CINDY ELLEN RUSSELL / CRUSSELL@STARBULLETIN.COM
David Yew holds his pug, Bugsy, on his shoulders at Ala Moana Beach Park. Bugsy is a certified service dog and is an exception to the "no animals" rule at the park.
Dogs create problems at parks
Who, if anyone, is responsible for enforcing the "No Animal" law at Ala Moana Park? Police? Lifeguards? Other park employees? The incidence of dogs being brought to the park over the past two years has increased tremendously. There has been no observable, official notice of these violations, thus encouraging the practice. Ala Moana is a family park with many children attending daily. It is just a matter of time before someone is attacked by a dog, leashed or unleashed. Wouldn't prevention be a better course? All dog owners should be informed they are in violation and given a list of dog-friendly parks where their pets can exercise and enjoy the outdoors. Then they should be directed out of the park and warned that a second violation will result in a summons.
Answer: Parks officials are well aware of the problem, saying it has become "worse and worse" over time.
Perhaps your complaint will serve notice that Ala Moana Park is off-limits to dogs and other animals, except by special permission. (Dog owners can check the Hawaiian Humane Society Web site -- hawaiianhumane.org/programs/dogparks/ -- for information on off-leash dog parks, as well as a listing of city parks where dogs are allowed to go as long as they are leashed.)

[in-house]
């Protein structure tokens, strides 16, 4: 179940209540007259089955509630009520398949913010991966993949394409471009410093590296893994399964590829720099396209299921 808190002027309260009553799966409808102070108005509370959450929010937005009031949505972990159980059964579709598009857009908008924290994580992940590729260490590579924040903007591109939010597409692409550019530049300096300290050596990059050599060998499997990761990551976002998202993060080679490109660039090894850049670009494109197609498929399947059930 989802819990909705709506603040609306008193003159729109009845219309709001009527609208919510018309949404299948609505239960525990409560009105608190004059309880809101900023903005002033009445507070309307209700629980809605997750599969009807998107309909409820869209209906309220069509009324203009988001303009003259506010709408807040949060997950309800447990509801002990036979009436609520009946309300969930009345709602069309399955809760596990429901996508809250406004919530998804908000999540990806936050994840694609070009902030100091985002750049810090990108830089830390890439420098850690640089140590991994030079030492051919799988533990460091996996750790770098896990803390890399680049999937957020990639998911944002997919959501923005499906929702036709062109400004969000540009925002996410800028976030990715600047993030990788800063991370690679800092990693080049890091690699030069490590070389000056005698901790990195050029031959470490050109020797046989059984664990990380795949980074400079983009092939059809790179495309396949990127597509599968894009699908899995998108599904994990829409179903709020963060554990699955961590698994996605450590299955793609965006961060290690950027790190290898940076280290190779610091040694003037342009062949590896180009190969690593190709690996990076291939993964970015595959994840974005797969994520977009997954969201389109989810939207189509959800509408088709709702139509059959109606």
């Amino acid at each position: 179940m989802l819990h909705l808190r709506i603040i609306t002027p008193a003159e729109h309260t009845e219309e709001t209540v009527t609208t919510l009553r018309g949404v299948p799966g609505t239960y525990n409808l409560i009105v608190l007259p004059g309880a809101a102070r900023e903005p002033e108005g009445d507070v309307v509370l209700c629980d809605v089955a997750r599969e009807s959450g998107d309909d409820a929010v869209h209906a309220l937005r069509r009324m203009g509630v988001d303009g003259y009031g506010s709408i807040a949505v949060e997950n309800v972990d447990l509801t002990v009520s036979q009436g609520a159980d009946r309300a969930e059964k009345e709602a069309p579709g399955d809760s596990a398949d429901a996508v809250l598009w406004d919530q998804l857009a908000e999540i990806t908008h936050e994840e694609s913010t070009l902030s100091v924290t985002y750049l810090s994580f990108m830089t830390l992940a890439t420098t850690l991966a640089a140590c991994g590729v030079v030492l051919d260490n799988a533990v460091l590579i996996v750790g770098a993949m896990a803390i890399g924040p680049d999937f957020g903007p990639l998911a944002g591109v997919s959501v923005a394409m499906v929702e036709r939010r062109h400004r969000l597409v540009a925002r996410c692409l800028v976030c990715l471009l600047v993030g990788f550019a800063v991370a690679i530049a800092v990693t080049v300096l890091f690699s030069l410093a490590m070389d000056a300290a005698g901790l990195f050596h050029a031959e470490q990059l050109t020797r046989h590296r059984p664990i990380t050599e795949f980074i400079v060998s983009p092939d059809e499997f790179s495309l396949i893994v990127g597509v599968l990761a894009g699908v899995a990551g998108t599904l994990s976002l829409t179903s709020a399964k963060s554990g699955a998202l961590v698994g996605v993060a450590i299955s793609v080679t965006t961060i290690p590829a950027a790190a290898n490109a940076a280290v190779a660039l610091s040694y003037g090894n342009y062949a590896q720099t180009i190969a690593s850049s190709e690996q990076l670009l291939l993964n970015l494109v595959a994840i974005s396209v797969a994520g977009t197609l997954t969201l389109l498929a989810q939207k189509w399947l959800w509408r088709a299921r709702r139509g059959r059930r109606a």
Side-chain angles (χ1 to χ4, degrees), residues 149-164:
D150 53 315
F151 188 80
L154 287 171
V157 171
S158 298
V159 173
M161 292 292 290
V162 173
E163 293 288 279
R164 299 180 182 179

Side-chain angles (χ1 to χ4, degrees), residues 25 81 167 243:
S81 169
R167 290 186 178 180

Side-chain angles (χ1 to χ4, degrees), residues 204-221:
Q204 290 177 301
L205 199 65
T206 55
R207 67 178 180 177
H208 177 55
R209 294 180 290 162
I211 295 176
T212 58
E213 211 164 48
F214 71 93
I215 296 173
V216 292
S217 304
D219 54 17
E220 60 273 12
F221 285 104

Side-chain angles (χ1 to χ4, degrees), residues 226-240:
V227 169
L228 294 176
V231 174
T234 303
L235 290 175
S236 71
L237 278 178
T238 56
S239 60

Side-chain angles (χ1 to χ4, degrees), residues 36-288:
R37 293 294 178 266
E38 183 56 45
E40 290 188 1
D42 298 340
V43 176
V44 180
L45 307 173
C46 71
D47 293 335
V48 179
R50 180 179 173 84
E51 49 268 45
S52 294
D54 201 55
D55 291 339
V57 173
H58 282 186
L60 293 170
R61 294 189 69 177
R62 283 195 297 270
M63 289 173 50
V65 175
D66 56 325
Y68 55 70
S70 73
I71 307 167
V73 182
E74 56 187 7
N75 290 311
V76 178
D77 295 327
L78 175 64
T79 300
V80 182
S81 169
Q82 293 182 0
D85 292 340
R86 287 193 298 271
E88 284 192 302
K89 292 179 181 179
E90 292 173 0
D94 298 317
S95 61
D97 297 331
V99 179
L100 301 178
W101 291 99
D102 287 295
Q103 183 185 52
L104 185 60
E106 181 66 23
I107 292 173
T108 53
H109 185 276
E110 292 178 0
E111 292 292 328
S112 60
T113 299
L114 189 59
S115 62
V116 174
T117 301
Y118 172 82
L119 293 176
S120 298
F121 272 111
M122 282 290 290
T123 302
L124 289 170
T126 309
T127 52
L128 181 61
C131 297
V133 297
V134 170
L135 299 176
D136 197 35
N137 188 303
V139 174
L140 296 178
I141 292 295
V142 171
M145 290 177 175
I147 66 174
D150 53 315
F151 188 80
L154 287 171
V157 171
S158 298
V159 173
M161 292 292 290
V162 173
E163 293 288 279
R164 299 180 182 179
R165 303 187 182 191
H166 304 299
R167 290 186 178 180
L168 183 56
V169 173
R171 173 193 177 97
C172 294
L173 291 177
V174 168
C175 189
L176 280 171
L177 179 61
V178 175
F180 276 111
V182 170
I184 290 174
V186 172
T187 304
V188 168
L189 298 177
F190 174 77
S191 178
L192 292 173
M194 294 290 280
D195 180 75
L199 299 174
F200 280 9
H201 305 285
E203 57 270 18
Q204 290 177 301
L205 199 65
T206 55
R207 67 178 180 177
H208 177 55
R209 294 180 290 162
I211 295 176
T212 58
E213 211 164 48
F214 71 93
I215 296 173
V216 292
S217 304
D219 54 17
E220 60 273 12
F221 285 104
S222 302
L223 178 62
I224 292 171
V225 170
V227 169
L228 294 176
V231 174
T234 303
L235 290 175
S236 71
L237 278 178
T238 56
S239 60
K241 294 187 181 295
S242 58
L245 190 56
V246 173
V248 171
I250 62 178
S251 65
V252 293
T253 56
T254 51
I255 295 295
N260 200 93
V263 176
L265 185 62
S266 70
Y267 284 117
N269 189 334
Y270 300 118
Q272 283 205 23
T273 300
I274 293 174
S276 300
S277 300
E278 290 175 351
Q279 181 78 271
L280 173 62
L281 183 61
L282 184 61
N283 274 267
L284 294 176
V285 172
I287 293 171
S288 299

Neither parks staff nor lifeguards have any authority to enforce the law. Only police officers can cite someone, and only if they witness the offense.
"Officers are warning people that animals are not allowed" and do issue citations "at times," said Capt. Frank Fujii, spokesman for the Honolulu Police Department.
He pointed to Section 10-1.2(a)(9) of the Revised Ordinances of Honolulu, which says it is unlawful to "permit any animal to enter and remain within the confines of any public park area except as otherwise provided."
Officers generally ask people for compliance, Fujii said.
But the reality is that the officers aren't always patrolling the park, said Craig Mayeda, administrator of the city Department of Parks and Recreation's Maintenance and Recreation Division.
Most of the dogs are leashed, so it's not so much a problem with dogs running loose and possibly attacking people, he said. Rather, it's a matter of sanitation.
With dogs coming into the park and "doing their business, no matter how you clean it, how would you like to set up your picnic basket right next to where a dog had been?" Mayeda said. "Even though the (owner) cleaned it, you can't clean everything."
Your idea about passing out information about dog-friendly parks has been discussed but isn't feasible, he said. It's not just a matter of staff having to carry fliers to pass out, but also the belief that the majority of the handouts will end up tossed on the ground or in the trash can.
Staff have been instructed to inform people with dogs about the "no animal" policy, Mayeda said, but "some people just don't take kindly to being told not to do something, no matter who it is."
He asks dog owners to "be considerate by not coming to a public park."
Mayeda and other parks officials attribute the worsening problem partly to the Hawaiian Humane Society's annual Pet Walk, which moved to Ala Moana's Magic Island from Kapiolani Park three years ago.